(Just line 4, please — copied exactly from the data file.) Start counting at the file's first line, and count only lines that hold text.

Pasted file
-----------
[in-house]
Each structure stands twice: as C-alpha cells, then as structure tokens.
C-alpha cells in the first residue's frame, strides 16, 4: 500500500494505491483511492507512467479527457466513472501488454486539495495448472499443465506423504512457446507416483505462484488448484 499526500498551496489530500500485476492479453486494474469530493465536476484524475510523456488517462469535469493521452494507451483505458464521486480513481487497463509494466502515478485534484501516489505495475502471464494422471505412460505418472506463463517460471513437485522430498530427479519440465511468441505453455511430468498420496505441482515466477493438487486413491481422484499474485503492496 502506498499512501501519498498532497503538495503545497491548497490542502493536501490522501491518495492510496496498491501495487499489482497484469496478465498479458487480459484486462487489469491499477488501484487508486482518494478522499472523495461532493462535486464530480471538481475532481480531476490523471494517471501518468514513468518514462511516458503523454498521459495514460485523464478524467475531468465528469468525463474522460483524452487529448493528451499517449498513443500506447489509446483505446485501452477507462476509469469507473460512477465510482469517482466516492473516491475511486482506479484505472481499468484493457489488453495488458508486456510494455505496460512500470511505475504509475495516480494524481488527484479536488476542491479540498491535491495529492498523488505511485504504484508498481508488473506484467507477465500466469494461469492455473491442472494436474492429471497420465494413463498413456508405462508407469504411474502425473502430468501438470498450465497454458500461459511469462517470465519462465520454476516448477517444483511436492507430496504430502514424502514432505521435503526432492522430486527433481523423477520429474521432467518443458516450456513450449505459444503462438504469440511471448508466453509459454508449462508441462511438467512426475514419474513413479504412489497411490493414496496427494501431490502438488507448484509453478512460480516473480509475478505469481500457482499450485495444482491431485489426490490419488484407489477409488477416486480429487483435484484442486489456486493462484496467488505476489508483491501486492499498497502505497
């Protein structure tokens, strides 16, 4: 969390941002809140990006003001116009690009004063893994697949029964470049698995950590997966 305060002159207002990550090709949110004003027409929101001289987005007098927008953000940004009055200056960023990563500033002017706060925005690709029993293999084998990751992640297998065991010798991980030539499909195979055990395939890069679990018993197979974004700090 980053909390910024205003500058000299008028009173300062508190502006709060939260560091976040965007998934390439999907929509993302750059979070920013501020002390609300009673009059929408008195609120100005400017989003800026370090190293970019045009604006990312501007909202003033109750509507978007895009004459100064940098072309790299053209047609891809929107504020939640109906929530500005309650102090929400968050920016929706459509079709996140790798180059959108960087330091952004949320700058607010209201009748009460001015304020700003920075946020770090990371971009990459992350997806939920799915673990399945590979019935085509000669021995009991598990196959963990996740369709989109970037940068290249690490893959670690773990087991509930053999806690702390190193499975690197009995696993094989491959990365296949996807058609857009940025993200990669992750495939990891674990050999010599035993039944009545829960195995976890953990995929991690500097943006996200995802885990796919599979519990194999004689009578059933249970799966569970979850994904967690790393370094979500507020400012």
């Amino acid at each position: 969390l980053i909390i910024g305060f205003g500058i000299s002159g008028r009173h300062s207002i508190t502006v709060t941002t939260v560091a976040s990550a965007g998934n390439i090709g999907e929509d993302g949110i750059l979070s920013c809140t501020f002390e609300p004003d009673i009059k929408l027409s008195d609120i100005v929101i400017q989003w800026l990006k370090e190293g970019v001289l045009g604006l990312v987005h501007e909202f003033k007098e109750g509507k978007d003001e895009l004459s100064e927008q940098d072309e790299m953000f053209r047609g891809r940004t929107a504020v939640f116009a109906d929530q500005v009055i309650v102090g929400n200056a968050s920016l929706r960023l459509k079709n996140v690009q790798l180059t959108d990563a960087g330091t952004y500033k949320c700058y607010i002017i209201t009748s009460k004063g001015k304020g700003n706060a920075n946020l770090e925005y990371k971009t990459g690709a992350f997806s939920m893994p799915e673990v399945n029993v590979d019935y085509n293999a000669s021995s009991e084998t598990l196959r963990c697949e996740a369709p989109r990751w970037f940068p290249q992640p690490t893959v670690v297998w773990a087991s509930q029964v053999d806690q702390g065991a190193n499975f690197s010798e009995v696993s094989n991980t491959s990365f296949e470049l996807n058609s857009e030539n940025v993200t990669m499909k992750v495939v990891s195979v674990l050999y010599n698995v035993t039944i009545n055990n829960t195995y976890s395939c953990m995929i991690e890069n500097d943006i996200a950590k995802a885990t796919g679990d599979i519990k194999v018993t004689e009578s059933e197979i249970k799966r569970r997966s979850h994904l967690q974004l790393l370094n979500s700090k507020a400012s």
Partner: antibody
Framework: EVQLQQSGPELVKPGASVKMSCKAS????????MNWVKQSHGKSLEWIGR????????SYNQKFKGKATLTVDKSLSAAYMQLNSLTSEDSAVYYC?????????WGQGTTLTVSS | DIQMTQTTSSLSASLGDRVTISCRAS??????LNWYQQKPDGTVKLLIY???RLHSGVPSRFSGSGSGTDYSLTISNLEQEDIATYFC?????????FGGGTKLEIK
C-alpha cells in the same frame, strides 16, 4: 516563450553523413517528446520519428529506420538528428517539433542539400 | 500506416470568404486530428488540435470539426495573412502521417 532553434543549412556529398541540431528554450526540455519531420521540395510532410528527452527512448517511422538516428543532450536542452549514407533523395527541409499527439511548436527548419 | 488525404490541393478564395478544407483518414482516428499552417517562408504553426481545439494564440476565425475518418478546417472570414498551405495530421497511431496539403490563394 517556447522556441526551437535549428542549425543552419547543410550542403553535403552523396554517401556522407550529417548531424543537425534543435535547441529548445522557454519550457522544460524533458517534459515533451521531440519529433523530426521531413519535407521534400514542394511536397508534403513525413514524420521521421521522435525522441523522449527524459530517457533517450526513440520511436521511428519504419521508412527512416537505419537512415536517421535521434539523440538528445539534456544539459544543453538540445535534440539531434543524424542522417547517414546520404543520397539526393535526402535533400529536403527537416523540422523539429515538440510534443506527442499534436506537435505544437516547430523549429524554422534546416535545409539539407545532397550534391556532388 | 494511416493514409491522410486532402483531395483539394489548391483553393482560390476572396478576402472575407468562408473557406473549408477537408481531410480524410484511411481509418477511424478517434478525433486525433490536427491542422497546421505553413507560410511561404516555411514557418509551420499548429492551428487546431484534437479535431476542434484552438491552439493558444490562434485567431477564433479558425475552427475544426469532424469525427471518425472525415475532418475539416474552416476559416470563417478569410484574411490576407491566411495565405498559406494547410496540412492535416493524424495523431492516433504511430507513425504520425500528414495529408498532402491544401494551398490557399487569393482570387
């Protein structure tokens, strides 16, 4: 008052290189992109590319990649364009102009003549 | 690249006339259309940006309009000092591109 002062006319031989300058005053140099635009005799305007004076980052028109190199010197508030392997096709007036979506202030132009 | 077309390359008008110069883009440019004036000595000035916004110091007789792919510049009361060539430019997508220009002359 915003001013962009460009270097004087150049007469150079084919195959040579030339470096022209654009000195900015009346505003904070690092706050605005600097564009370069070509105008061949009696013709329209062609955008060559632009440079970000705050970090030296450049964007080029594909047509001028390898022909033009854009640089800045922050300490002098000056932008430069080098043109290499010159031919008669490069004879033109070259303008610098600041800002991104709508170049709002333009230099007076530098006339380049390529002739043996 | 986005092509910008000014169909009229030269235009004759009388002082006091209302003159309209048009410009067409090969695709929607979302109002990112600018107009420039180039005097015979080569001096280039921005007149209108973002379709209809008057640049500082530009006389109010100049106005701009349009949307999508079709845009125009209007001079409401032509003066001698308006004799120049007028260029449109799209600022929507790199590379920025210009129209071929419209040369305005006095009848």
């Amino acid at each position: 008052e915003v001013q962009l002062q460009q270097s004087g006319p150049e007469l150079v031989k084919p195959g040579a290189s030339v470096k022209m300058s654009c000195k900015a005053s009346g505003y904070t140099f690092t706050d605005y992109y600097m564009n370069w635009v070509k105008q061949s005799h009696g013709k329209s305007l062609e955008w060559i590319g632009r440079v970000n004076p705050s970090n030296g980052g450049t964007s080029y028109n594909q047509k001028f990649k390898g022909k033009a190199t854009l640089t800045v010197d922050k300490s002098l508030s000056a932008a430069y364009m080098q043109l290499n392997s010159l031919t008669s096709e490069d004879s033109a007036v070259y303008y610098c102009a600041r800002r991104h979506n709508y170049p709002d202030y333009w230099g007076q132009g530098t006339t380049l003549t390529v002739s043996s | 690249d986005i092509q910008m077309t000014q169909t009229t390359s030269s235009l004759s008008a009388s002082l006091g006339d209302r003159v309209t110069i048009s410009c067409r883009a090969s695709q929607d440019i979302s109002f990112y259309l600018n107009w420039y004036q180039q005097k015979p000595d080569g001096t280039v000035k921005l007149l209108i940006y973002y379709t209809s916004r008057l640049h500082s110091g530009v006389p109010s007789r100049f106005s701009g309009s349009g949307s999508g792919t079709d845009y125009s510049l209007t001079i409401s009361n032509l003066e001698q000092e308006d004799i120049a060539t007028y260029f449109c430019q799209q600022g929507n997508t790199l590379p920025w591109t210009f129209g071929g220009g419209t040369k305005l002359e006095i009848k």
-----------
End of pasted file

């Protein structure tokens, strides 16, 4: 969390941002809140990006003001116009690009004063893994697949029964470049698995950590997966 305060002159207002990550090709949110004003027409929101001289987005007098927008953000940004009055200056960023990563500033002017706060925005690709029993293999084998990751992640297998065991010798991980030539499909195979055990395939890069679990018993197979974004700090 980053909390910024205003500058000299008028009173300062508190502006709060939260560091976040965007998934390439999907929509993302750059979070920013501020002390609300009673009059929408008195609120100005400017989003800026370090190293970019045009604006990312501007909202003033109750509507978007895009004459100064940098072309790299053209047609891809929107504020939640109906929530500005309650102090929400968050920016929706459509079709996140790798180059959108960087330091952004949320700058607010209201009748009460001015304020700003920075946020770090990371971009990459992350997806939920799915673990399945590979019935085509000669021995009991598990196959963990996740369709989109970037940068290249690490893959670690773990087991509930053999806690702390190193499975690197009995696993094989491959990365296949996807058609857009940025993200990669992750495939990891674990050999010599035993039944009545829960195995976890953990995929991690500097943006996200995802885990796919599979519990194999004689009578059933249970799966569970979850994904967690790393370094979500507020400012």